GROWTH in chocolate sales and a developing taste for real dairy ice cream in the Far East have helped a much-loved Scottish confectionery brand to achieve further growth along with strong profits.
Following a busy twelve months that saw the family firm prepare to launch its first ice cream parlour in December 2017, Mackie’s of Scotland has reported an annual turnover of £12.2 million and gross profit of £953,896 (financial year ending 31 May 2017).
In total, the Aberdeenshire company’s turnover was up 1% on the previous year thanks in part to its chocolate range becoming further established – witnessing growth soar by 98%.
Mac Mackie, Managing Director at Mackie’s, said: “My father’s motto was always ‘no change, no chance’ – and that certainly sums up the past few years very nicely here at the farm.
“Not only has our ice cream become established in new markets, such as Korea and Taiwan, but we are making real developments south of the border – something that we hope we can continue to grow.
“A milestone moment has also been the launch of our first retail venture, our 19.2 parlour in Aberdeen’s celebrated Marischal Square, which is already helping us to develop new flavours and get instant feedback from customers.
Mackie’s export sales to markets in the Far East – predominately to Taiwan and Korea – are also up 19% on the previous year, and have set the company in good stead to deliver £1m in revenue in 2018.
Closer to home, the ice cream brand has experienced great success south of the border, too, with significant growth and the strengthening of its honeycomb flavour sales in Sainsbury’s – with the company’s UK wide market share growing to 6% according to Kantar Worldpanel.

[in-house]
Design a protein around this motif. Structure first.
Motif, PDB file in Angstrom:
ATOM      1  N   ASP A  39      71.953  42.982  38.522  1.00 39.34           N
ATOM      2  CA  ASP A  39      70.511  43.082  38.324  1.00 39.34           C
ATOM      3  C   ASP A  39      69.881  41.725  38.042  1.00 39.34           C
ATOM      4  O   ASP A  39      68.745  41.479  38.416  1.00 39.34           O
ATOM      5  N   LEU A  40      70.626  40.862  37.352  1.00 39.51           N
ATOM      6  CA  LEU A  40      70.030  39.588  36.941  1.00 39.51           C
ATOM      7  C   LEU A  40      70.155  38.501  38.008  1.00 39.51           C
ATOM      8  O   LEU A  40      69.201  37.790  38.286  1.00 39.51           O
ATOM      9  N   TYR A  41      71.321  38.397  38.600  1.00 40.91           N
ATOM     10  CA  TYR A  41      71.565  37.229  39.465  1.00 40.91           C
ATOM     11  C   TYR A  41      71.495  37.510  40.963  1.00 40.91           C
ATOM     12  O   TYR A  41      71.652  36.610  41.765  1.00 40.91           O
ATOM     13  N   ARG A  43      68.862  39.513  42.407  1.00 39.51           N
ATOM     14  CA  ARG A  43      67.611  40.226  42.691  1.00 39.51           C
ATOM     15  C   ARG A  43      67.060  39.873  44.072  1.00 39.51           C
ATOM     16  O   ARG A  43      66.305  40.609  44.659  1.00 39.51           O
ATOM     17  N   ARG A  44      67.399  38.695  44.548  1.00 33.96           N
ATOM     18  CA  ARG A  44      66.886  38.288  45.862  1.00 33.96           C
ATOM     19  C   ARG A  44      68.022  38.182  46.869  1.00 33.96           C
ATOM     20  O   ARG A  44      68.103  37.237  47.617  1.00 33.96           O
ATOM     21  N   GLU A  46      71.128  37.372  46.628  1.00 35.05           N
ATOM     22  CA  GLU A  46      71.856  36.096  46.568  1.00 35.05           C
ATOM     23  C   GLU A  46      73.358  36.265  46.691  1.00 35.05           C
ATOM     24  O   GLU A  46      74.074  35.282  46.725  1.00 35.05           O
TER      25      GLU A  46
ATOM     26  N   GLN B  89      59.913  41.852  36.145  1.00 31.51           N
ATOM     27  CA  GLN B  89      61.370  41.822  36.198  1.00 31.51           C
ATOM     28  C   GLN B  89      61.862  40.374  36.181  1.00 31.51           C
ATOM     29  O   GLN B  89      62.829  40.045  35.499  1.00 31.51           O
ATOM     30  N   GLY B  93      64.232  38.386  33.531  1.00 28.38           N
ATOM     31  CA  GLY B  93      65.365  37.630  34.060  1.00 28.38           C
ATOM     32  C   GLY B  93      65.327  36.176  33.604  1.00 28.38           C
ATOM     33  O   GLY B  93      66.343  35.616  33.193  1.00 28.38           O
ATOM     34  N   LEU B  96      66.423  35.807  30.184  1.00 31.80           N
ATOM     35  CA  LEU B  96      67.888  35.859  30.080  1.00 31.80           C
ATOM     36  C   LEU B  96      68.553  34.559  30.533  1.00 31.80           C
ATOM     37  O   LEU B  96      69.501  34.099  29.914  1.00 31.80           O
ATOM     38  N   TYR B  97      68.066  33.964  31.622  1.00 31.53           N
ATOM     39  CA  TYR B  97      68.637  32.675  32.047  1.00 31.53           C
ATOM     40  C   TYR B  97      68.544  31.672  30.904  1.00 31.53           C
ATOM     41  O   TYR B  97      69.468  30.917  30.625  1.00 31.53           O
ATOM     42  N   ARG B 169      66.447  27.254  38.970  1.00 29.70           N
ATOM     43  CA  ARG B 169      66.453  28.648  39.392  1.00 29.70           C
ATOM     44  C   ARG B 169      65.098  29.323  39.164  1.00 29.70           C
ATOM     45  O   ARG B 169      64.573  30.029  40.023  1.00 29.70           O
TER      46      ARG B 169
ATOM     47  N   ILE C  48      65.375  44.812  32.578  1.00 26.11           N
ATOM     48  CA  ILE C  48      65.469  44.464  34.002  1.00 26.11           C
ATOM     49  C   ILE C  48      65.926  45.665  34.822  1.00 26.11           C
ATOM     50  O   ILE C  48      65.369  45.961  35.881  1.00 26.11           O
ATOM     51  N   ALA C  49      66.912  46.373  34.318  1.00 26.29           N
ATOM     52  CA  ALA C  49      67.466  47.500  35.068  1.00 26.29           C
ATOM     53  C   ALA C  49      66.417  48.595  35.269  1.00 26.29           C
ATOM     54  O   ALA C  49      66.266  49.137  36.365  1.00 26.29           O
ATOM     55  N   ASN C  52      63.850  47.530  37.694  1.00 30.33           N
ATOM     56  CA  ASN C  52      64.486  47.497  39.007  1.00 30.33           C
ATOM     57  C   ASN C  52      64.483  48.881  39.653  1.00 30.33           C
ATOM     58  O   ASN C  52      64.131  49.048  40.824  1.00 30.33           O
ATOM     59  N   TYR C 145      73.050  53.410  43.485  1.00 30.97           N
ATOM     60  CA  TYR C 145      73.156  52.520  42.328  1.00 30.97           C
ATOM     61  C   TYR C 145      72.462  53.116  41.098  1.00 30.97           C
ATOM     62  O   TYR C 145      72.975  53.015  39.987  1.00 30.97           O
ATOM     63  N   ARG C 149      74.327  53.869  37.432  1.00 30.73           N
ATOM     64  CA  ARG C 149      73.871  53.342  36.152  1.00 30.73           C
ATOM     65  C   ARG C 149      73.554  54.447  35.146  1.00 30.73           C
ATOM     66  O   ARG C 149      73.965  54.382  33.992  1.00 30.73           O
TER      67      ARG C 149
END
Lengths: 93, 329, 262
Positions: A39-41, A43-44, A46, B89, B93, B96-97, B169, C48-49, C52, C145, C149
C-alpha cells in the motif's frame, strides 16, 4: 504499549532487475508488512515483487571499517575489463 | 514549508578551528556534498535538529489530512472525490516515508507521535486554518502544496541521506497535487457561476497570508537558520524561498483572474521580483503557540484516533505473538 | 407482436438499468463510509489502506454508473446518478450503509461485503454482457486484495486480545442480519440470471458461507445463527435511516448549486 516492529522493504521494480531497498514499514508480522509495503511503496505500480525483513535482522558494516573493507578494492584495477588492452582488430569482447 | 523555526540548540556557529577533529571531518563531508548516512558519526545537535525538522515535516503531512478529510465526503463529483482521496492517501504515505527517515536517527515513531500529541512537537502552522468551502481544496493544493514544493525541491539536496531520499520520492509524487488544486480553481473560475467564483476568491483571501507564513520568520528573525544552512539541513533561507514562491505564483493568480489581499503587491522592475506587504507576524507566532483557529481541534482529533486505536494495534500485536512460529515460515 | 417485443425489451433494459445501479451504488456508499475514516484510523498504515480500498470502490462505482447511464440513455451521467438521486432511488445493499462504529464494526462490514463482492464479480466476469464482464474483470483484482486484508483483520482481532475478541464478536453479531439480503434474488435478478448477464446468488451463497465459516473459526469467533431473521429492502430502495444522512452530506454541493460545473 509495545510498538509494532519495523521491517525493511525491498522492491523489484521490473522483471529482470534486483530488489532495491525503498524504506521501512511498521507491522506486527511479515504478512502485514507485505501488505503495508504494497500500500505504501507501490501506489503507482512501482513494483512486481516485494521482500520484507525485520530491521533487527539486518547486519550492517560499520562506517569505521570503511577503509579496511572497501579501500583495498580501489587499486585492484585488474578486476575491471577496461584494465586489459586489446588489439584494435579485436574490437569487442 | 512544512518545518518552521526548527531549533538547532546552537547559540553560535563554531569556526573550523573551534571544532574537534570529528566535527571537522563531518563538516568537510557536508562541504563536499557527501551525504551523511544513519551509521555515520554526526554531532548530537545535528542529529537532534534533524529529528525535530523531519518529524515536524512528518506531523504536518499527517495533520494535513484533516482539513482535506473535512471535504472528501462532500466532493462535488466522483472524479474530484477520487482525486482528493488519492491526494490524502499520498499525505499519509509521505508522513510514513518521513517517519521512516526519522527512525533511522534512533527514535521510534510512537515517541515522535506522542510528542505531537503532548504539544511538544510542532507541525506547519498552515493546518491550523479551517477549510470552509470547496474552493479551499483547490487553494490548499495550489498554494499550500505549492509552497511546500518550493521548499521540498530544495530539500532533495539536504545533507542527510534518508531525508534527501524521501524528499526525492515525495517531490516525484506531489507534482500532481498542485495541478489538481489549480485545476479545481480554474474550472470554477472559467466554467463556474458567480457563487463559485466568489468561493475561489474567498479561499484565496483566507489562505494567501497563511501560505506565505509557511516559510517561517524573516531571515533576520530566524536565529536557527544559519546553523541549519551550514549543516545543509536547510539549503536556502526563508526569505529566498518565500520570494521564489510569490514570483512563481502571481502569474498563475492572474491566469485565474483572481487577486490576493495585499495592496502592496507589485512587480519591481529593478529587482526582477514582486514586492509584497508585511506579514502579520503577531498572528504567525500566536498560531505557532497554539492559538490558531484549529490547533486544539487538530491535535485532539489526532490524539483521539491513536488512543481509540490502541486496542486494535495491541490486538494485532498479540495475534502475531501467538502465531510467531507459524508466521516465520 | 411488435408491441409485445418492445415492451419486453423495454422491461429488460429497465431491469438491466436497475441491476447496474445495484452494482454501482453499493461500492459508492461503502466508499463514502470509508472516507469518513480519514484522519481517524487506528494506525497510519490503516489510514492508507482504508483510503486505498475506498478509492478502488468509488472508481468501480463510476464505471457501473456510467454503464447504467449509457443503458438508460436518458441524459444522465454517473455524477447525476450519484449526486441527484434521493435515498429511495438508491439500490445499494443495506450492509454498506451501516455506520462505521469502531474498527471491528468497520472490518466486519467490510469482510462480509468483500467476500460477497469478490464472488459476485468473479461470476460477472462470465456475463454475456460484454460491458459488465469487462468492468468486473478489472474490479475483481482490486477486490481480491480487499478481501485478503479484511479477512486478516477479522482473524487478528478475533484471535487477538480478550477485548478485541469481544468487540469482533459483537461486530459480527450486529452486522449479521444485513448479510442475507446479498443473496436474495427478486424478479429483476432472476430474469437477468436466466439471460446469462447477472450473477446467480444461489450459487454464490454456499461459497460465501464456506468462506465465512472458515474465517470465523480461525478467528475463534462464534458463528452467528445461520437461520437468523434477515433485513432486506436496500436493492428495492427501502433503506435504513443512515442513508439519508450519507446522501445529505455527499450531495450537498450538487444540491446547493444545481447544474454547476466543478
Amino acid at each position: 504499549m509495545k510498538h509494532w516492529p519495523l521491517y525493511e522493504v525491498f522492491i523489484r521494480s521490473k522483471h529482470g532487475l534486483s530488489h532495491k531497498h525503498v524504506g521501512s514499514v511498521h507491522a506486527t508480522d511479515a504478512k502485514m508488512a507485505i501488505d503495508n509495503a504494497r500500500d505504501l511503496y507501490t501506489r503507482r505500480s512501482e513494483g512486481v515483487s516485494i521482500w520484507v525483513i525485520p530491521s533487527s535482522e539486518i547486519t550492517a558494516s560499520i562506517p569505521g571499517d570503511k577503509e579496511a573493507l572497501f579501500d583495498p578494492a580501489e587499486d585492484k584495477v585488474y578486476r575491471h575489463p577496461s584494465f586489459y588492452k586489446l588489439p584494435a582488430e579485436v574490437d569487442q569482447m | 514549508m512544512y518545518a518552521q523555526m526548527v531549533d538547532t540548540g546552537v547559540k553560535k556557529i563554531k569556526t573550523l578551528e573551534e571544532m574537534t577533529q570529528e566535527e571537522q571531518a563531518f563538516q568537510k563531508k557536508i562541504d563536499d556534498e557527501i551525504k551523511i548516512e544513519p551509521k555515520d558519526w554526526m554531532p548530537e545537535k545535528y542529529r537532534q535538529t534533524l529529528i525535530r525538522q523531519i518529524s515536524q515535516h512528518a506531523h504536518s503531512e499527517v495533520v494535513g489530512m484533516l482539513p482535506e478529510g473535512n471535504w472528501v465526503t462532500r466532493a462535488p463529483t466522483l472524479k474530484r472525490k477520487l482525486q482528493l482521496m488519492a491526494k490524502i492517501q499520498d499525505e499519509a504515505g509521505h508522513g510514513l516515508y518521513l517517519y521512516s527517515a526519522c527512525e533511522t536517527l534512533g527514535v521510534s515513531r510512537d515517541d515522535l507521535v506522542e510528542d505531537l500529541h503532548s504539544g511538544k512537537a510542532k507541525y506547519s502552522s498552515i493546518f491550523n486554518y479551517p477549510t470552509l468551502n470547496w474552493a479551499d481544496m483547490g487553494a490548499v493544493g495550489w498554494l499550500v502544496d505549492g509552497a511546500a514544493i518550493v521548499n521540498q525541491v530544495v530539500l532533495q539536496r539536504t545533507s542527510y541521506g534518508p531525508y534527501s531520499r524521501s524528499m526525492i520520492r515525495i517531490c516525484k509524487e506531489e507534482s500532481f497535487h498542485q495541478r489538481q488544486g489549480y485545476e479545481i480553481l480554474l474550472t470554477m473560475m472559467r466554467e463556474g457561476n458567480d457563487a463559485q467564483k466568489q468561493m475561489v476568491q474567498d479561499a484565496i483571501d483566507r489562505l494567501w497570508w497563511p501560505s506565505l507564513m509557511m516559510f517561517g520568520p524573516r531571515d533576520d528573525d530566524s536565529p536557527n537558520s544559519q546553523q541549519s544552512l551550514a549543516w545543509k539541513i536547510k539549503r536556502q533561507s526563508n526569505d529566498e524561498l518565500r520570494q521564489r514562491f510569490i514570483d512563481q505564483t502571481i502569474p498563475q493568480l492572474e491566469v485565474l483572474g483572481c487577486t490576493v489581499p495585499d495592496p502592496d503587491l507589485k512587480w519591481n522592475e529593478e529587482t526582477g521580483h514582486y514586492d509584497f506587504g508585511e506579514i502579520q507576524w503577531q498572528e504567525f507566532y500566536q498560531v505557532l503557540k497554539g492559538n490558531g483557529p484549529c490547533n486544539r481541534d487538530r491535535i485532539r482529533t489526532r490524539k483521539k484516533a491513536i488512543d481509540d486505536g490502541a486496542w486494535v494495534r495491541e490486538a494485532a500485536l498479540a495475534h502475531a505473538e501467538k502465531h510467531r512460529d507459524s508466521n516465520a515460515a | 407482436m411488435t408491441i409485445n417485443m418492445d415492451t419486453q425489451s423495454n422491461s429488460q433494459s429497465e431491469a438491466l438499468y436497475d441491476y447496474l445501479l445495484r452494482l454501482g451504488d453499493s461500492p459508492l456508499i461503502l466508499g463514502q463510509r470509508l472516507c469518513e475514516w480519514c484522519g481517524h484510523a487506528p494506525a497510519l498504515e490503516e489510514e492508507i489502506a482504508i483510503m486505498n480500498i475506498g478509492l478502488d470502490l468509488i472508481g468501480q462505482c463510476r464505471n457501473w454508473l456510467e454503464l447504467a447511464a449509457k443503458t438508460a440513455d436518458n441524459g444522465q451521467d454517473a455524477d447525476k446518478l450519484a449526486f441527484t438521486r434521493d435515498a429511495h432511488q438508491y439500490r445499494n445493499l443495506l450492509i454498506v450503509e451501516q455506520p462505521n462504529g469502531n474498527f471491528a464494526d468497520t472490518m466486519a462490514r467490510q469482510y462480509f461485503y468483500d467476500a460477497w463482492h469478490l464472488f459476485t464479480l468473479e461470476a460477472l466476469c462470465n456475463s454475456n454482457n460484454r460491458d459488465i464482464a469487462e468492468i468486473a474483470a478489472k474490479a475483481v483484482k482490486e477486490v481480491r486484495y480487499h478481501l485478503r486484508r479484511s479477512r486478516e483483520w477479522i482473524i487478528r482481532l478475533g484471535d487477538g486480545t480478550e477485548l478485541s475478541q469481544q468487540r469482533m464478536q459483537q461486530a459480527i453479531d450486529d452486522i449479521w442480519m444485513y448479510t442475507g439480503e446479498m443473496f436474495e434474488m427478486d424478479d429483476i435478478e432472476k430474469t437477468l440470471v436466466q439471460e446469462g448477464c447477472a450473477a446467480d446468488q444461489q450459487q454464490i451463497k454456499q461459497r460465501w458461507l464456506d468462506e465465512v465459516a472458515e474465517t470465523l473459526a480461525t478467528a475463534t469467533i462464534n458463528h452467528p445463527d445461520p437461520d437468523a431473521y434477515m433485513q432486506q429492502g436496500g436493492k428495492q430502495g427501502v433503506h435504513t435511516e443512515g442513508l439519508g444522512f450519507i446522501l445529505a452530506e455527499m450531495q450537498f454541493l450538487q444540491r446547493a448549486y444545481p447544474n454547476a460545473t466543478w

Despite these developments, total turnover from ice cream sales was down 2% due mainly to the skyrocketing price of cream (up 250% in the year) causing the firm to hold back on some promotional activity.
Although Mackie’s is cushioned from the dairy market price hikes by producing almost all of the milk it needs from its own herd, it does still need to buy considerable volume of additional cream and warns that this is a cost which will continue to put pressure on ice cream sales.
The family firm’s latter year investment in solar panels, as the company aims to work towards self sufficiency in renewable energy with a mix of wind, solar and biomass is also reaping further benefits – with almost 70% of the energy used by Mackie’s comes from their own renewable energy sources, with surpluses sold on to a renewable energy provider.
The company’s net assets are up £1million, and its 330 milking cows, the working farm base being inextricably linked to the evolving business, are valued at more than £500k.
Mackie’s has also invested close to £500,000 in new equipment for the production of ice cream with new refiners and conches for chocolate and for the fitting out of their new ice cream parlour 19.2 in Aberdeen’s Marischal Square. The £954k operating profit has been reinvested in the company and ice cream parlour to provide future growth.
Mac added: “2017 year was certainly a year of evolution for the business – and we’ve invested large amounts into some very exciting new projects.
“Our 19.2 parlour will undoubtedly be a major focus for this year – and we’re hopeful that we can begin to look for the next Scottish site, and consider how to grow that part of the business further.”
Mackie’s is a real living wage employer and has staff numbers increased by two to 73 in the most recent financial year – and a new team of 12 staff have since been recruited for the new parlour.
Mackie’s ‘sky to scoop’ ethos sees them create everything, from their dairy products from their own herd to their packaging, on site. Their fourth generation family farm started producing ice cream in 1986.
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